The entire budget of this project is dedicated to securing equipment we need to take effective and efficient measurements. After the project we will donate the equipment to Love The Oceans, a non-profit marine conservation organisation so they can continue the research - nothing will be wasted.
We need professional photographic equipment, a hydrophone, range finding binoculars, a compass, GPSs and processing software. The breakdown of costs is as follows:
Camera equipment with good zoom - £1000
Range finding Binoculars - £300
Hydrophone - £200
Compass - £20
GPSs - £200
Acoustics processing software (Raven Pro) - £82 ($100 for one-year student licence)
Apr 11, 2017
Oct 30, 2017
Field data collected
Jul 01, 2018
Results written up and available on request
Meet the Team
Charlotte Johns and Rob Thomas are studying at the University of Southampton. This data will be used for their Master's in Marine Biology projects, supervised by Dr Ken Collins. Both Charlotte and Rob are extremely passionate about Humpback Whales and are keen to uncover some mysteries surrounding these majestic creatures.
Love The Oceans is a non-profit marine conservation NGO providing in-country support. You can read more about their team here: lovetheoceans.org
Francesca Trotman is the managing director and founder of Love The Oceans. With a Masters in Marine Biology she has always had a passion for marine life.
An avid diver since the age of 13, Francesca’s main passion has always been sharks, although she is interested in all aspects of marine life. Having originally visited Mozambique in 2013 for a photography internship, she was inspired to help the local fishermen work towards sustainable fishing. Francesca returned in 2014 for 3 months to start research on the artisanal fisheries of Guinjata Bay.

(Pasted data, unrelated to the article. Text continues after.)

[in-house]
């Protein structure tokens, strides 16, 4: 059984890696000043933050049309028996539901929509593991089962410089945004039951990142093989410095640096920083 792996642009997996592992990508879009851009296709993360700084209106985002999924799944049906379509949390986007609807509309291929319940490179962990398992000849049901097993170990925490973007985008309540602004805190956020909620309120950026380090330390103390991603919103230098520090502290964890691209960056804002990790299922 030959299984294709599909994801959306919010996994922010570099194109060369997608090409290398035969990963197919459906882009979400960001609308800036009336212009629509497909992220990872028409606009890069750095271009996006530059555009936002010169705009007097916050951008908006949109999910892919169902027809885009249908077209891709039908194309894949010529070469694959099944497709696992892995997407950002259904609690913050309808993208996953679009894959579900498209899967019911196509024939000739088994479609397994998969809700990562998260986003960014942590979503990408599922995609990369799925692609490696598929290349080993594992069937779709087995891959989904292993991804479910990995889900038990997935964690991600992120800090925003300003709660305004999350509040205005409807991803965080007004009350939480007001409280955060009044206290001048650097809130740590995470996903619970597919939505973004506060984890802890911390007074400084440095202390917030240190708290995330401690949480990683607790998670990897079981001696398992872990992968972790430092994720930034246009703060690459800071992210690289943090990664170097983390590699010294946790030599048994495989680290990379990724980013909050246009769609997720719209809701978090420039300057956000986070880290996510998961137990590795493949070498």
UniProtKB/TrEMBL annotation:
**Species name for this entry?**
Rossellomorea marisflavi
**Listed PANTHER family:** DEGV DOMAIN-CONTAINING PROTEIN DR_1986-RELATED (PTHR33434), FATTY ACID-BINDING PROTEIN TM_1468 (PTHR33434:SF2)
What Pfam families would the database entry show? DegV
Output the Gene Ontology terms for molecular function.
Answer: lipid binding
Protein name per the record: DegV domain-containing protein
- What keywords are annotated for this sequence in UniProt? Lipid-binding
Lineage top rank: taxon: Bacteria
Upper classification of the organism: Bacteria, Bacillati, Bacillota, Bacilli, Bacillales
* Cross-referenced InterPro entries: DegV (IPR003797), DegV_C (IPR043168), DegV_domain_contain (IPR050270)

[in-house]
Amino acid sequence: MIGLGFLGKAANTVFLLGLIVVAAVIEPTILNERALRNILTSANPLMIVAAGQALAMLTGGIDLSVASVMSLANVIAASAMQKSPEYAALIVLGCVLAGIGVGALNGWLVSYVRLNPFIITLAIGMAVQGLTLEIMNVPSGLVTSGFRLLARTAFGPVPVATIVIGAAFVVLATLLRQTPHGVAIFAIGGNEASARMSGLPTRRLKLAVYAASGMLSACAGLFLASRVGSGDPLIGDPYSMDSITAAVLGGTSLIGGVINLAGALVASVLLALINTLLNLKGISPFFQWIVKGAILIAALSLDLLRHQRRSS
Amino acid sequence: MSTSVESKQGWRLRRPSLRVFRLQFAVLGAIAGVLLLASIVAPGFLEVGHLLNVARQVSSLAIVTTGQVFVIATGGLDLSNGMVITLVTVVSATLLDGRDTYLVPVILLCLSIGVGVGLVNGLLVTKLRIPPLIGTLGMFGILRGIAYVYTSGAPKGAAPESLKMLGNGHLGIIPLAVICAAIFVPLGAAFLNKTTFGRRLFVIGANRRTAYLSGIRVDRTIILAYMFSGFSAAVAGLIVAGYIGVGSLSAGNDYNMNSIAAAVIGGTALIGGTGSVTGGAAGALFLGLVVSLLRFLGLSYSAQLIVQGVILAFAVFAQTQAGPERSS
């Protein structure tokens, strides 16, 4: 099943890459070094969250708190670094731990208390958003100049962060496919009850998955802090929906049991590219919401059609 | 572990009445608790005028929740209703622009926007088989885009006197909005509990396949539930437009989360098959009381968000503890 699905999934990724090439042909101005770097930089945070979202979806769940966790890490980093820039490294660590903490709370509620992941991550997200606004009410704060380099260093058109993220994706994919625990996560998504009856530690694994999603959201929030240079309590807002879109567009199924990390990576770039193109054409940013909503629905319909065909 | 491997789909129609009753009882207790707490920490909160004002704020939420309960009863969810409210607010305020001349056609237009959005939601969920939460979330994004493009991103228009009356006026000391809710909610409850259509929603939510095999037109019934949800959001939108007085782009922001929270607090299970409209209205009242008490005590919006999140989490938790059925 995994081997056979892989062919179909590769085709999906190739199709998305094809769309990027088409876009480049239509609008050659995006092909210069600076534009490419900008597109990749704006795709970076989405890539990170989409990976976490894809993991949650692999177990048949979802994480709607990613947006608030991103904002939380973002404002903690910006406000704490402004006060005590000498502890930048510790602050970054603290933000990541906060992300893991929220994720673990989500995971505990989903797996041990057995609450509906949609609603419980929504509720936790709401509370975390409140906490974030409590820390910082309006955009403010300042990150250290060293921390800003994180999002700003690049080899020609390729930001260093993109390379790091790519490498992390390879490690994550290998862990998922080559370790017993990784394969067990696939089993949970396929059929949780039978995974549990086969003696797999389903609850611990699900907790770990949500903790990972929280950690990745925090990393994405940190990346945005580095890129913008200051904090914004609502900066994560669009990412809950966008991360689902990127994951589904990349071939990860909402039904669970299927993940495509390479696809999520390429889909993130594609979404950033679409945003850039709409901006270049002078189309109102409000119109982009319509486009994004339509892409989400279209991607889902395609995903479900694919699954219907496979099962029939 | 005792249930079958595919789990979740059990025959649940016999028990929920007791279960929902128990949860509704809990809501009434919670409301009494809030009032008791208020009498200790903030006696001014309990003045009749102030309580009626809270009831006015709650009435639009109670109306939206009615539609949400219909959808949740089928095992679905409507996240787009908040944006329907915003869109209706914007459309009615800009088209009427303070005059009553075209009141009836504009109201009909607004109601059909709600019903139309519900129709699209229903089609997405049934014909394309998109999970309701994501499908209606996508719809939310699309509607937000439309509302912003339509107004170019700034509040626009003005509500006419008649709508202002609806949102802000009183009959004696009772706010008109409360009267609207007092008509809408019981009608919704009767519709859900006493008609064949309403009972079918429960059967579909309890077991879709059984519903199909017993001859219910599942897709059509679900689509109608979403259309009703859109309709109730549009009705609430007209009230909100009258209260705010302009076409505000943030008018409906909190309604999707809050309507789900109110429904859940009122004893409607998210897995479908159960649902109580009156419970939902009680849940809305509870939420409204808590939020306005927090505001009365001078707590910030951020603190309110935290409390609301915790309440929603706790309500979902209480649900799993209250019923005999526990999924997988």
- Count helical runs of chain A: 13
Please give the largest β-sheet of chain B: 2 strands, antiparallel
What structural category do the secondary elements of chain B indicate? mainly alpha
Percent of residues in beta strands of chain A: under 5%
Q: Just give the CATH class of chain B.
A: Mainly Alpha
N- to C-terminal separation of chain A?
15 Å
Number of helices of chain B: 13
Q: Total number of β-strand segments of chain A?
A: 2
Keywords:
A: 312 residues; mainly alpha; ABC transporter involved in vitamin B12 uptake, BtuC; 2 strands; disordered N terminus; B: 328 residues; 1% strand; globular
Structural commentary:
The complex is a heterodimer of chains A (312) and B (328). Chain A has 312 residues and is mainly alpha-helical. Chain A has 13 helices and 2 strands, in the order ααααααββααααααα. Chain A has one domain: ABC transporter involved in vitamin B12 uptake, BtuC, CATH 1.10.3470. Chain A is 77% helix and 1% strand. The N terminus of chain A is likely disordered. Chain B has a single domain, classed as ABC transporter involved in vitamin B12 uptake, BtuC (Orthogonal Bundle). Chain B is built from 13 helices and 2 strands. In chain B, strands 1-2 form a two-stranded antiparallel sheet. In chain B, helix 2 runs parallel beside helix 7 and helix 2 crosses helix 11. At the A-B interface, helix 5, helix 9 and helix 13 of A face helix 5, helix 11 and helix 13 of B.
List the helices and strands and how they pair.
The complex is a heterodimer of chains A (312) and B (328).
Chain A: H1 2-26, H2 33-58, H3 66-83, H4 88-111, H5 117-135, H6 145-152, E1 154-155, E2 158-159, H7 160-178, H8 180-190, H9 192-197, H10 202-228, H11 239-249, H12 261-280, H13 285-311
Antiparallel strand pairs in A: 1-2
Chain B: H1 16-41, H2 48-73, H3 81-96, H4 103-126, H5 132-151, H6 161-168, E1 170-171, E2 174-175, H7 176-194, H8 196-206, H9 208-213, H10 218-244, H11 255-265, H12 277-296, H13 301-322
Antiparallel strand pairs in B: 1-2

Prior to her visit to Mozambique, Francesca was an avid conservationist, attending meetings and lectures held by the Marine Conservation Society in London, England and has experience in conservation in many places throughout the Caribbean.
Results orientated, Francesca constantly encourages people to consider conservation in everyday life and take a greener approach to modern living. You can contact Francesca directly at firstname.lastname@example.org
Charlotte is currently in her third year of her Integrated Master of Marine Biology degree, due to be completed in 2018 at the University of Southampton. Since deciding she was going to be a marine biologist at the age of four, she strived to gain as much experience as she could growing up, along with studying hard throughout her school life to achieve acceptance for the University of Southampton.